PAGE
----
In Dynamics of Dispute Resolution and Administration of Justice for Cambodian Villagers, Dr. William A. Collins showed that, Cambodian people had two ways to settle the disputes; 1. through courts and 2. through Buddhist monasteries. William A. Collins wrote that, Cambodian people preferred Buddhist monastery than the court, because people always presumed the courts as biased and imbalanced, and especially they couldn’t afford briberies to win the cases. Monasteries were deemed fair, transparent, ethical, and most of all they didn’t have to pay anything. The decisions of the clergymen or monks did not have serious consequences, like those of the courts’. In this sense, William means that decisions of clergymen or monks wouldn’t really break the relationship between members of the communities. The decisions of the courts must categorize between the winners and the losers and would ruin the solidarities of the communities. This is another evidence to prove that Buddhism has been an effective warehouse of dispute-settling in Cambodia.

Bringing up the children, in Cambodian sense, is an astoundingly convoluted drudgery of every parents. A proverb states, “of all the three children, an unborn child, a dead child, and an insane child, the former twos (unborn and dead) are proper children, because they hurt the parents only one time, but the insane child is an improper child, because he/she hurts parents for the whole life. According to Cambodian traditional value, since childhood, parents always instruct their children to obsessively value peace and solidarities within the families and the neighbourhoods, and inconsistency between the families’ members and neighbourhoods would be bode ills. Making the child peace-oriented and value solidarities are the most momentous obligations of the parents or other senior family members. If any argument happens between the families’ members, parents or other seniors immediately call the arguing partners to discover the roots, to reconcile. These all mean to avoid violence.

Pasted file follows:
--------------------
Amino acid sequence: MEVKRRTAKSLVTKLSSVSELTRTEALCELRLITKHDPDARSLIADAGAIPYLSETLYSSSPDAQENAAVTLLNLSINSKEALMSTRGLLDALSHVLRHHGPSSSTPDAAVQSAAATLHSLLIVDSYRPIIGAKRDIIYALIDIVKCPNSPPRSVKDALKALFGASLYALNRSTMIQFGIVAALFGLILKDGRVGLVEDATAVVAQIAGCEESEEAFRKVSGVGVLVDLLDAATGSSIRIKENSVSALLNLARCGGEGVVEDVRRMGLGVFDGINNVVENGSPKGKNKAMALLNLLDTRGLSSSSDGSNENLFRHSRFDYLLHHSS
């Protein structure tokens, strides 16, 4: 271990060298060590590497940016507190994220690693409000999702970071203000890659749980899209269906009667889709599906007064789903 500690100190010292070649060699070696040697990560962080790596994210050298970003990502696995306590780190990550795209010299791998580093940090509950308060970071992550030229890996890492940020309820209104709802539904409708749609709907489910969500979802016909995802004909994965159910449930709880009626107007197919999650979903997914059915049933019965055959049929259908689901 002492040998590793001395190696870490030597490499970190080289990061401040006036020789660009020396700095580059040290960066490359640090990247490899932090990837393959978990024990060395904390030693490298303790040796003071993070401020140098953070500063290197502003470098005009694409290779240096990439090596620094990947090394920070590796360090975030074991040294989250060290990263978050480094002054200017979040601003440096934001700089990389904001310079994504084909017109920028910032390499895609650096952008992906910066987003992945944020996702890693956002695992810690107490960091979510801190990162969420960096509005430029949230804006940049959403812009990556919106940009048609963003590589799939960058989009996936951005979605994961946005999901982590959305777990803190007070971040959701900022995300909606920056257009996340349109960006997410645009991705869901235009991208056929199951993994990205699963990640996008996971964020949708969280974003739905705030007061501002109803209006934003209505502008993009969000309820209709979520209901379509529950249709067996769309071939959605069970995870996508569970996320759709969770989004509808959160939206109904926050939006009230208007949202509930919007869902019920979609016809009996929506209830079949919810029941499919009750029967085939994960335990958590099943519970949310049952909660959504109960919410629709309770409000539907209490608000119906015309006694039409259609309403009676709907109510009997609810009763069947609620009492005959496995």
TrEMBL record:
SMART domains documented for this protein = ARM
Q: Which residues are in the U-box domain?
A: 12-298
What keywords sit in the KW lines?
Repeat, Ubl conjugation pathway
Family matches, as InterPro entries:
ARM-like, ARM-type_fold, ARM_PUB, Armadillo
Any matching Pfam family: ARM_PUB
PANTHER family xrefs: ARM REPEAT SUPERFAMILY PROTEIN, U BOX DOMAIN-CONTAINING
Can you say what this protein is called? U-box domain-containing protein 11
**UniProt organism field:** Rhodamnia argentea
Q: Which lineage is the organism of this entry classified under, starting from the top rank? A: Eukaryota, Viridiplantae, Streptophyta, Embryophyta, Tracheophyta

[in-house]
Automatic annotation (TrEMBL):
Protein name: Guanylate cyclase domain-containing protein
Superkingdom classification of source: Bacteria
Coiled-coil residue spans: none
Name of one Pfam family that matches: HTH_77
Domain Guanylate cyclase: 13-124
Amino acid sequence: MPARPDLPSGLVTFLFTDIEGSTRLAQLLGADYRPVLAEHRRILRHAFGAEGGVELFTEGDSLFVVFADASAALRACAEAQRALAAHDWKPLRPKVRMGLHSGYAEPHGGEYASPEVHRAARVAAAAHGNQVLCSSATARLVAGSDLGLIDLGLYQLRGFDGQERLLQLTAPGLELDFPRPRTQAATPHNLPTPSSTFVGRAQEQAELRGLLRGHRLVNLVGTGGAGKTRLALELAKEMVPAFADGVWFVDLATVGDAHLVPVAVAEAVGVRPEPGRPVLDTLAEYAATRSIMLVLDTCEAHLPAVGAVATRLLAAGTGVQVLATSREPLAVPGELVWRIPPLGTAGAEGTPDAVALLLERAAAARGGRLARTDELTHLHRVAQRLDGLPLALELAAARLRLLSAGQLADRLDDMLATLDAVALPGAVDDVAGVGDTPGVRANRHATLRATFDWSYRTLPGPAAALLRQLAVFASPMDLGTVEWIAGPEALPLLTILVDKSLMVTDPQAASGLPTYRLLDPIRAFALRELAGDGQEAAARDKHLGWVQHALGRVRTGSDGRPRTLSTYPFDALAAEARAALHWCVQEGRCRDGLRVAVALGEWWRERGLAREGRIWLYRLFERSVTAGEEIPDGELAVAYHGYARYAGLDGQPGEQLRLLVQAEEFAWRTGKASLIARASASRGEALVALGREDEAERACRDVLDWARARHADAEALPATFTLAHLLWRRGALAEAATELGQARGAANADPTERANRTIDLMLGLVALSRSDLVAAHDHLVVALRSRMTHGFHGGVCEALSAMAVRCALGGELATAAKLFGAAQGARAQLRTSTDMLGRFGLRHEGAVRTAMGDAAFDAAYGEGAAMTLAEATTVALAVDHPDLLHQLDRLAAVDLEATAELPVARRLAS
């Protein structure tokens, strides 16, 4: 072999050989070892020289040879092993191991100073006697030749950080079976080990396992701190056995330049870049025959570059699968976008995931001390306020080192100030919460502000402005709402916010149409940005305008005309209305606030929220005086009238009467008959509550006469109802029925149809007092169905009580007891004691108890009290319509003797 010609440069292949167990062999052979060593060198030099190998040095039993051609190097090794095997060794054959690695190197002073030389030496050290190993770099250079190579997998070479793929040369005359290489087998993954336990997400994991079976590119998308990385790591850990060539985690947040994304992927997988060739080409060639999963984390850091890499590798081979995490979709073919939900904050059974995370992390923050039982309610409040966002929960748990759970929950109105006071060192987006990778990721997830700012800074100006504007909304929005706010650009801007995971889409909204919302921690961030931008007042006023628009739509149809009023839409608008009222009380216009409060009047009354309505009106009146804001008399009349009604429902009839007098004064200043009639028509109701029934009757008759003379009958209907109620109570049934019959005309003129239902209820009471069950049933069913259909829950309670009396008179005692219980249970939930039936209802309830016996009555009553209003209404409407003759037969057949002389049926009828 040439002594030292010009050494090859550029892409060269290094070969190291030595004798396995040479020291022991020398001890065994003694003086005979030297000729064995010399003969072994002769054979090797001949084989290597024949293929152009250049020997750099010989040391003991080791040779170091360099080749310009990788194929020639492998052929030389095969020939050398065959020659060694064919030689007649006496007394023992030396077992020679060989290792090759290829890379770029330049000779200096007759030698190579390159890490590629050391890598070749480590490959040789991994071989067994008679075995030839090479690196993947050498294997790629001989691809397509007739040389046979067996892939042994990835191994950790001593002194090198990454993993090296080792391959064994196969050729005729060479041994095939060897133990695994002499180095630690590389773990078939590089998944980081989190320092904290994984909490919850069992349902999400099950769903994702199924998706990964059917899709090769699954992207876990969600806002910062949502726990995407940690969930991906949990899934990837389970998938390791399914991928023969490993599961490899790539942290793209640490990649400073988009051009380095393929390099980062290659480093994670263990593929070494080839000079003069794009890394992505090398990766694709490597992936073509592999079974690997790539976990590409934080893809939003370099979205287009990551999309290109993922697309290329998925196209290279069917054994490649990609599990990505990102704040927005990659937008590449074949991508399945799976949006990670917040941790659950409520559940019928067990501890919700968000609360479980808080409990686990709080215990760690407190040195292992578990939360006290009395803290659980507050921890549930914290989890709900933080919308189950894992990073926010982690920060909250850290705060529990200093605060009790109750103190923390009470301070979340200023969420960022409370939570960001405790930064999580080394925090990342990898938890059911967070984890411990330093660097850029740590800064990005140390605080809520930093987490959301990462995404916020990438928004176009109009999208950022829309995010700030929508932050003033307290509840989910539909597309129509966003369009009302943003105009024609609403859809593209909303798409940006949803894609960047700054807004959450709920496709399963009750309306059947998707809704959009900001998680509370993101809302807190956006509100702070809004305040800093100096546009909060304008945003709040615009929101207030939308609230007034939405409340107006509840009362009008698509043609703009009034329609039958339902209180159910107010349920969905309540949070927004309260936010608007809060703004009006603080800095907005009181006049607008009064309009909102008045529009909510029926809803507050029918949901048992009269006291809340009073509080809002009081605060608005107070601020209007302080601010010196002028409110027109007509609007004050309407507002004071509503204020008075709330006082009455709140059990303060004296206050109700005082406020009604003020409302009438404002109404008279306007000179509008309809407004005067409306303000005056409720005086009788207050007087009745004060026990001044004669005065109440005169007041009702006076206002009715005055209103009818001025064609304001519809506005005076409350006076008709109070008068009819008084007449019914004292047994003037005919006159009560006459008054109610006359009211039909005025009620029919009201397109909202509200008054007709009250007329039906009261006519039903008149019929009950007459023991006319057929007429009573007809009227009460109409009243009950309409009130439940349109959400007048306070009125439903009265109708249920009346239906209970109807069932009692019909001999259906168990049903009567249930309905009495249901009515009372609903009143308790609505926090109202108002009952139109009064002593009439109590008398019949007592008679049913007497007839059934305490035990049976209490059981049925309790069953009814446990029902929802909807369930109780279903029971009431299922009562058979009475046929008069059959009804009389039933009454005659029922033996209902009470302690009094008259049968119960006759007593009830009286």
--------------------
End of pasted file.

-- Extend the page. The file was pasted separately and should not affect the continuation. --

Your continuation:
Many Cambodian festivities contain the connotations of conflict resolution and prevention. One kind of festivities is called “Pithi Chol Mlob”. Pithi Chol Mlob is done by the parents when their daughters are old enough to get married. Pithi Chol Mlob is celebrated to instruct the daughters how to be decent (virtuous) wives and housewives, the qualities of honourable wives or respectful mothers, how to prevent mental disagreements between husbands and wives, and other family-related obligations that socially acceptable families should have. Pithi Chol Mlob is done between three months or six months. The mothers, in Pithi Chol Mlob, edify their daughters the value of endurances, tranquilities, tenderness, how to get on well with the parents in law and the neighbours, etc. Hair-cut festivity is done to purify the couples’ souls and to teach them to retain the honesties within the couples. Besides these, Cambodia has many more merriments and philosophical laws that aim to fortify harmonies within the families and the communities.